6. Ask to speak with some of their current owners and current/former tenants. You can also check their reviews online at Google, Facebook, or Yelp. Just remember: most negative reviews are written by problematic tenants. The fact they are complaining online might be an indication the property manager dealt with them properly so be sure to ask the manager for their side of the story.

7. Look at their marketing strategy. Are they doing everything they can to expose properties to the widest possible market? Are their listings detailed with good quality photos? Can they prove how long it takes to rent a vacant property?

This isn't inclusive but should give you a good start. If you have specific questions about property management, I'll be happy to help!

@Julia Bolt like most have noted... look over your agreement. Moving forward whether with this or another PM make sure that any 'approvals' or 'declines' on workorders are done in writing... email will do. As far a cheap jobs coming in higher than initially quoted I agree with @Nathan G. could be justified if after the contractor arrives on scene there are complications during the repair... it may quite honestly be an attempt by your PM trying to save you $ and getting your property taken cared of. Additional charges are never good, they should be pretty simple to understand, what kinds of additional charges are you seeing?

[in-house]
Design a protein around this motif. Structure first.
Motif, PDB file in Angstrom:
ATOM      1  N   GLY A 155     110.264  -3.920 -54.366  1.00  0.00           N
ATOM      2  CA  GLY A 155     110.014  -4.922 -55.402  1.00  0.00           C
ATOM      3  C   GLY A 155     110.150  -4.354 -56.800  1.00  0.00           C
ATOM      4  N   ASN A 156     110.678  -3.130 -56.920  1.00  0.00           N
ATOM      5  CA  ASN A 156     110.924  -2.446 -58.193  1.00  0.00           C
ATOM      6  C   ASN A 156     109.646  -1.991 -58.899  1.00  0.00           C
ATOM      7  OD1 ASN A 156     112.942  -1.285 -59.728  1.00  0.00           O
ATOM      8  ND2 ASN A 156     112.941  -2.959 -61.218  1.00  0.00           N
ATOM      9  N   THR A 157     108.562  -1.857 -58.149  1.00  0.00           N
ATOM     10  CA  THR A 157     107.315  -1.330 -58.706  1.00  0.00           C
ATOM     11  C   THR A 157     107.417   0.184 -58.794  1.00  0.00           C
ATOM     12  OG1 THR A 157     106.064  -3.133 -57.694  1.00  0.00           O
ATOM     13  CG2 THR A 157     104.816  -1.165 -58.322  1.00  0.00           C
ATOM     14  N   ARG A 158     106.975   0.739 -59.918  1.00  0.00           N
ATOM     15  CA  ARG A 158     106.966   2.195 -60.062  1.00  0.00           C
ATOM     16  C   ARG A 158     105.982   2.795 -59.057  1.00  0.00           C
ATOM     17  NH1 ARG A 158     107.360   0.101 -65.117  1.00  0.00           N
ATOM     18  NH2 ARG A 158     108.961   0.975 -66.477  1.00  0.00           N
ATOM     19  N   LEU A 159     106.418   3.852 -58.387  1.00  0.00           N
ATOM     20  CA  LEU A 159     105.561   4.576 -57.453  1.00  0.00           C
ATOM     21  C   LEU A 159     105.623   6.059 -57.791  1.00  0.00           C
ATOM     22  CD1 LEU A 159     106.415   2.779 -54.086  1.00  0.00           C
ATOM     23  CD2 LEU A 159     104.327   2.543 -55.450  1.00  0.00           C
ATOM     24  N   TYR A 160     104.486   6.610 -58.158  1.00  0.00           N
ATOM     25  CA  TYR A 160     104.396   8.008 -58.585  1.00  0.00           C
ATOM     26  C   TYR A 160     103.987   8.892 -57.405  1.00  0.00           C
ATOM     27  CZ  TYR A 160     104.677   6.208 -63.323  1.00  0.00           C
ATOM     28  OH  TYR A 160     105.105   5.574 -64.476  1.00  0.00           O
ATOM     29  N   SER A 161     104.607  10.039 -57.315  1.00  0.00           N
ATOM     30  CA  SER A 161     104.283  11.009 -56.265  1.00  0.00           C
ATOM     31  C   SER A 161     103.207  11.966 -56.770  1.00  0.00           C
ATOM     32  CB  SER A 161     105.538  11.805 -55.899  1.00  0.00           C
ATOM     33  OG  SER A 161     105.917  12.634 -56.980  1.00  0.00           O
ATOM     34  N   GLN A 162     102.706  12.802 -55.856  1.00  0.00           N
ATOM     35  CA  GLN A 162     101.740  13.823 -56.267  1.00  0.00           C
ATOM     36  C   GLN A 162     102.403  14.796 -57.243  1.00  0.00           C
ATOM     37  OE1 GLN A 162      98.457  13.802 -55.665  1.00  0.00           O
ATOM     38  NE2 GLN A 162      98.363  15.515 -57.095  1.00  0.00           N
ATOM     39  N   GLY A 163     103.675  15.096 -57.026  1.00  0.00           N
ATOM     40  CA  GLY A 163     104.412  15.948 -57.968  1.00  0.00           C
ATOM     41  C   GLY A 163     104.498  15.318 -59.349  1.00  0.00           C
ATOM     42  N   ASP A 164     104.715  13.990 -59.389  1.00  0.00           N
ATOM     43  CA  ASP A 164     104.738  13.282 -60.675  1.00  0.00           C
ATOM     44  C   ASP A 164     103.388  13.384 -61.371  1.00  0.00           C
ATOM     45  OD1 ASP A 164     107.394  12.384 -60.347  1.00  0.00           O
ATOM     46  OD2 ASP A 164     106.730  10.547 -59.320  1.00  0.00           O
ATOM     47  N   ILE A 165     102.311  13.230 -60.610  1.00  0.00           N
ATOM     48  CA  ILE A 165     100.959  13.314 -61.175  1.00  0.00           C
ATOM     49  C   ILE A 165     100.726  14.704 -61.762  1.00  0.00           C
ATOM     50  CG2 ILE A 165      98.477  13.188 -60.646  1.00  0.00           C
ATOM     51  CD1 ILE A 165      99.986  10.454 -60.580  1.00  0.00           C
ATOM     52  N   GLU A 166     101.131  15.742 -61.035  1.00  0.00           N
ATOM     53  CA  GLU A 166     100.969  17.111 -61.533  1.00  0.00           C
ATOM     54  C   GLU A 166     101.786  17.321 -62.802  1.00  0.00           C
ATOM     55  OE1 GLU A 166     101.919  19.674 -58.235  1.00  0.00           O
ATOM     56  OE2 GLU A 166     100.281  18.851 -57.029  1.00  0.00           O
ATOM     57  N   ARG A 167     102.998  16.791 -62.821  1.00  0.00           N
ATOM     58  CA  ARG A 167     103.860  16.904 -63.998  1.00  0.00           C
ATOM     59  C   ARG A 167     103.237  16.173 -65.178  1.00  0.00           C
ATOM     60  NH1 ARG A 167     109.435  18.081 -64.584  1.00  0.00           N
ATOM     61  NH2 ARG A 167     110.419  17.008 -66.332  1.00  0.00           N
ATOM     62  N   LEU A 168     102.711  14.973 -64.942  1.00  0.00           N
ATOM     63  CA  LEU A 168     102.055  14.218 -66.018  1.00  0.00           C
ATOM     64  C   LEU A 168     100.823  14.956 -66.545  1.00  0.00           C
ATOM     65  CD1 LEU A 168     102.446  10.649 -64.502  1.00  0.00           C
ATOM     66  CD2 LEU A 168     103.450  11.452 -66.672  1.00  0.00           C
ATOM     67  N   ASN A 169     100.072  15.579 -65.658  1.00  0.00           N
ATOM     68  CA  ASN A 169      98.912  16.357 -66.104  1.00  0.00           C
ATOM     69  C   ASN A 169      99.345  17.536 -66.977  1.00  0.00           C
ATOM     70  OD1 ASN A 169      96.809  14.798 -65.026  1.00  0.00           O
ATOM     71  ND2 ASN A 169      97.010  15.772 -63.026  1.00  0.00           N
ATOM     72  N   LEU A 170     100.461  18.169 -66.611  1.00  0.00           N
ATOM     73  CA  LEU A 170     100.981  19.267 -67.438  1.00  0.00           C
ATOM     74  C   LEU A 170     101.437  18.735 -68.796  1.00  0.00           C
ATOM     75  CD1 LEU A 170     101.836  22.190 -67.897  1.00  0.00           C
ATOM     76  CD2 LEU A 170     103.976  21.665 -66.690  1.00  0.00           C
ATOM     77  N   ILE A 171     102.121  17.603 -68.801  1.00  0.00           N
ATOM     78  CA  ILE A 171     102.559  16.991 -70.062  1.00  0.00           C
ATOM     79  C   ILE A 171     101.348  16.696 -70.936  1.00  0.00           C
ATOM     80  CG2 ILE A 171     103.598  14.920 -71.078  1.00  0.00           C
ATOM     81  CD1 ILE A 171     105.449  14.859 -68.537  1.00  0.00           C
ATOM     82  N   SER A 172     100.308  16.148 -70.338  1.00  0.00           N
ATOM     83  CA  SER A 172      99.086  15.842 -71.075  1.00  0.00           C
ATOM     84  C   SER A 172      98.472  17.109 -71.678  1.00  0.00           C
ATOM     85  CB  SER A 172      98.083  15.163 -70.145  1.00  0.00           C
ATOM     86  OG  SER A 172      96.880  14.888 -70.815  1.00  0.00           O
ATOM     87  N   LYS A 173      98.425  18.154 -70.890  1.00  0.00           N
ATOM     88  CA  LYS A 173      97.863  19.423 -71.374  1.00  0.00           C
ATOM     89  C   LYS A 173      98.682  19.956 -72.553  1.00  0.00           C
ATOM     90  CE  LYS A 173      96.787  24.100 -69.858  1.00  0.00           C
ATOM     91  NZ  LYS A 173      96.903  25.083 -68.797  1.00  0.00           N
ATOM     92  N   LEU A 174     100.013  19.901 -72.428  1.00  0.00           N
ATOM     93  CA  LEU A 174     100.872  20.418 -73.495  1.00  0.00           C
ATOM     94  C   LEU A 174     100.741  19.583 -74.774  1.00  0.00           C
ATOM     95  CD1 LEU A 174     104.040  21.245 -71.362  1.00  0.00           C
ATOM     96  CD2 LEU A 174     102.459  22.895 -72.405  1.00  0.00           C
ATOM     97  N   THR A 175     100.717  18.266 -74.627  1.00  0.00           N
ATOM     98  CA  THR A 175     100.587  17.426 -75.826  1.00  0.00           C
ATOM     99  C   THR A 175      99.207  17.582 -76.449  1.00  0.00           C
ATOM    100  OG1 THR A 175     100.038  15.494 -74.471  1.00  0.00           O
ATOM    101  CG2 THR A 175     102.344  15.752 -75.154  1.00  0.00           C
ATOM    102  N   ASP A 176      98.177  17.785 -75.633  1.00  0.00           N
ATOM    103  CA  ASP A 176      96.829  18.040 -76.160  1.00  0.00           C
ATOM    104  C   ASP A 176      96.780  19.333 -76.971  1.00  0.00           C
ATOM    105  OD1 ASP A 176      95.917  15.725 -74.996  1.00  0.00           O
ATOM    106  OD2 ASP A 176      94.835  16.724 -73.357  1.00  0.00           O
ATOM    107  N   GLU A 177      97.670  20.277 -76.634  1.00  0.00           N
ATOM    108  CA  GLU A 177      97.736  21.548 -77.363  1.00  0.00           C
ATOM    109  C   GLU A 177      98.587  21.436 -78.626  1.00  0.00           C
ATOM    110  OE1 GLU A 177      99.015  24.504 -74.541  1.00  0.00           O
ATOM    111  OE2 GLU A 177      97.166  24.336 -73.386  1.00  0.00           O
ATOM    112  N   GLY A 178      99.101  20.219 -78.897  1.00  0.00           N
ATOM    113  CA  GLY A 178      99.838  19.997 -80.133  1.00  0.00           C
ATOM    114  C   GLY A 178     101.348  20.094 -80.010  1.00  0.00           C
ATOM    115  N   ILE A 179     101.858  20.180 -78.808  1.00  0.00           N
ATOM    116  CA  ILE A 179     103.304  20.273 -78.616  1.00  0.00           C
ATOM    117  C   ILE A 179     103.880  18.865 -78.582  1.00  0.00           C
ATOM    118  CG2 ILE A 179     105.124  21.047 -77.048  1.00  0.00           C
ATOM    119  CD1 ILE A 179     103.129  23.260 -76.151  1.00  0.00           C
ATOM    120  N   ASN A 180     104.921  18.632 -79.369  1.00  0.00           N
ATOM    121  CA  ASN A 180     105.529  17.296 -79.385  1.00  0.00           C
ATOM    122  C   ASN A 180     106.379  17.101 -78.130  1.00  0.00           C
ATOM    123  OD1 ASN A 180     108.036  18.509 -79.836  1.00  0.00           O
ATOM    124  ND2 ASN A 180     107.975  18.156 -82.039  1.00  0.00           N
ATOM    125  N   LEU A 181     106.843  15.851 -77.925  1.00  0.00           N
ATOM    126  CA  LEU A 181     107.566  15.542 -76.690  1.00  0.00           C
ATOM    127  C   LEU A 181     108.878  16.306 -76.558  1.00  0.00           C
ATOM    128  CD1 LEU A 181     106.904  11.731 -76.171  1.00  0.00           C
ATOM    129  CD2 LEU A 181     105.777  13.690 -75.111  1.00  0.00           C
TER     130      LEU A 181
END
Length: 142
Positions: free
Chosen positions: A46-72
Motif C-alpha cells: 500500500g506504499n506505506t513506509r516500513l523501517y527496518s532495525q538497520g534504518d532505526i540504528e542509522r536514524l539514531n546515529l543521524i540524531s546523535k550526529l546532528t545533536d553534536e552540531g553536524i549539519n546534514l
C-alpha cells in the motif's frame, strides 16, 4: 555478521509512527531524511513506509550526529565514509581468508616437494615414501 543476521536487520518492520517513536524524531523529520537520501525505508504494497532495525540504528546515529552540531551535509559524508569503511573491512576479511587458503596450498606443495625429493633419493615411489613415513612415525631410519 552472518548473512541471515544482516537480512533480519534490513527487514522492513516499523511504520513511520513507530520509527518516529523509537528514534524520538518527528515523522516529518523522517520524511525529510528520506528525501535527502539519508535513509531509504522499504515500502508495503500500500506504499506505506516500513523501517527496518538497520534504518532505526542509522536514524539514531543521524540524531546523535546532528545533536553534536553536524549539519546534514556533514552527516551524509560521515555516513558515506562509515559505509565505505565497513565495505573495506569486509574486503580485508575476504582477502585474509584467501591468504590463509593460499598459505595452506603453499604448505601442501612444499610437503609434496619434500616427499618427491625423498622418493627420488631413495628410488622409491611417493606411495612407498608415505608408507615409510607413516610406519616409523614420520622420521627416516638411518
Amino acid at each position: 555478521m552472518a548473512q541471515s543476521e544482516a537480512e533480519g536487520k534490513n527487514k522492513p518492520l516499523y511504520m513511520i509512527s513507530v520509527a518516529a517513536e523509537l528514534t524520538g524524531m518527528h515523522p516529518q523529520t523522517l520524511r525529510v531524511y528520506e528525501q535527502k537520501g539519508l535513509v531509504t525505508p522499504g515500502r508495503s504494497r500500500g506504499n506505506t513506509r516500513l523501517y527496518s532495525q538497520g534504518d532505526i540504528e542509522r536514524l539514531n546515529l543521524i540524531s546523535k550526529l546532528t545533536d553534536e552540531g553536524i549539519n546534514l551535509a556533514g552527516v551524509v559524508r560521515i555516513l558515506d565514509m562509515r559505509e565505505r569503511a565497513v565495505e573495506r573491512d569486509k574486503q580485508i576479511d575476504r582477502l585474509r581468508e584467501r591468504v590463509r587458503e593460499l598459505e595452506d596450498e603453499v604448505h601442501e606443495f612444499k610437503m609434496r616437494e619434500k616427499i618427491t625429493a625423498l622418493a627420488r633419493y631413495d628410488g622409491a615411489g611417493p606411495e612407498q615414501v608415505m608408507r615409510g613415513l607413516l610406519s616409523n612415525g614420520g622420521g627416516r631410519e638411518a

Sounds like you need a new property manager or manage yourself. I'm a new investor and didn't feel comfortable with any property managers so I'm managing myself. Its been pretty smooth so far. I have been creating processes to manage and I am learning a lot about managing. To learn more about management you should read Brandon Turner's book on managing rental properties. Its good for managing yourself or managing the property manager. 

I'd absolutely fire them and get a new manager. Take it from someone who gave PMs way too much leeway when stuff like that started, and it always ended up costing me a fortune and they never got better. Had to fire them and hire new ones.